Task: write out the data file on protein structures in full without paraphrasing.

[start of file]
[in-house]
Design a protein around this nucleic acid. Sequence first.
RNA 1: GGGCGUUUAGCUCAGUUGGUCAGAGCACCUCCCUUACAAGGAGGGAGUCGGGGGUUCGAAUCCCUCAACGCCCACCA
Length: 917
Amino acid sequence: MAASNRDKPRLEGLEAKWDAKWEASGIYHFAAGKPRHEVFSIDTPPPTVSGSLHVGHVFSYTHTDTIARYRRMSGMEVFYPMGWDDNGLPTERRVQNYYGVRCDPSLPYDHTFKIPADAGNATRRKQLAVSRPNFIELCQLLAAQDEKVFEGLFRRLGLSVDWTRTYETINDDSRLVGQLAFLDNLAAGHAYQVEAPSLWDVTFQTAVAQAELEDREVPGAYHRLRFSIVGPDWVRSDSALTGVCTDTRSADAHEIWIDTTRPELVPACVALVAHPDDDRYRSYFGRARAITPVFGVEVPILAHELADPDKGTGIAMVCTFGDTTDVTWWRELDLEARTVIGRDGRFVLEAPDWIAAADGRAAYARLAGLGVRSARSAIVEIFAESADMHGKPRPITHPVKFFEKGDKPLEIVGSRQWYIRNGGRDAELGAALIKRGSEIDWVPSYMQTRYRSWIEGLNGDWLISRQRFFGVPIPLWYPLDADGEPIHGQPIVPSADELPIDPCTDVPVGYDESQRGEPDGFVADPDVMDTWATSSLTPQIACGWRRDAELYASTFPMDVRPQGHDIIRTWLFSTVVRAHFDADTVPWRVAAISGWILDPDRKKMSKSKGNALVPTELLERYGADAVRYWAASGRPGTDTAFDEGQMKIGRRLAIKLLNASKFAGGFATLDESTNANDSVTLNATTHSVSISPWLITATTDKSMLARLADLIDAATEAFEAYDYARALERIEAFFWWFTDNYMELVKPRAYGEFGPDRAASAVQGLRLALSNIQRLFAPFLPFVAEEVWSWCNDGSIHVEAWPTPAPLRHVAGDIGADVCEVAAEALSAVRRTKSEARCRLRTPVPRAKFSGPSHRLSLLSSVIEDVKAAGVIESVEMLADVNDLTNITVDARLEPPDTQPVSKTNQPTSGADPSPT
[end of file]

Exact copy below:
[in-house]
Design a protein around this nucleic acid. Sequence first.
RNA 1: GGGCGUUUAGCUCAGUUGGUCAGAGCACCUCCCUUACAAGGAGGGAGUCGGGGGUUCGAAUCCCUCAACGCCCACCA
Length: 917
Amino acid sequence: MAASNRDKPRLEGLEAKWDAKWEASGIYHFAAGKPRHEVFSIDTPPPTVSGSLHVGHVFSYTHTDTIARYRRMSGMEVFYPMGWDDNGLPTERRVQNYYGVRCDPSLPYDHTFKIPADAGNATRRKQLAVSRPNFIELCQLLAAQDEKVFEGLFRRLGLSVDWTRTYETINDDSRLVGQLAFLDNLAAGHAYQVEAPSLWDVTFQTAVAQAELEDREVPGAYHRLRFSIVGPDWVRSDSALTGVCTDTRSADAHEIWIDTTRPELVPACVALVAHPDDDRYRSYFGRARAITPVFGVEVPILAHELADPDKGTGIAMVCTFGDTTDVTWWRELDLEARTVIGRDGRFVLEAPDWIAAADGRAAYARLAGLGVRSARSAIVEIFAESADMHGKPRPITHPVKFFEKGDKPLEIVGSRQWYIRNGGRDAELGAALIKRGSEIDWVPSYMQTRYRSWIEGLNGDWLISRQRFFGVPIPLWYPLDADGEPIHGQPIVPSADELPIDPCTDVPVGYDESQRGEPDGFVADPDVMDTWATSSLTPQIACGWRRDAELYASTFPMDVRPQGHDIIRTWLFSTVVRAHFDADTVPWRVAAISGWILDPDRKKMSKSKGNALVPTELLERYGADAVRYWAASGRPGTDTAFDEGQMKIGRRLAIKLLNASKFAGGFATLDESTNANDSVTLNATTHSVSISPWLITATTDKSMLARLADLIDAATEAFEAYDYARALERIEAFFWWFTDNYMELVKPRAYGEFGPDRAASAVQGLRLALSNIQRLFAPFLPFVAEEVWSWCNDGSIHVEAWPTPAPLRHVAGDIGADVCEVAAEALSAVRRTKSEARCRLRTPVPRAKFSGPSHRLSLLSSVIEDVKAAGVIESVEMLADVNDLTNITVDARLEPPDTQPVSKTNQPTSGADPSPT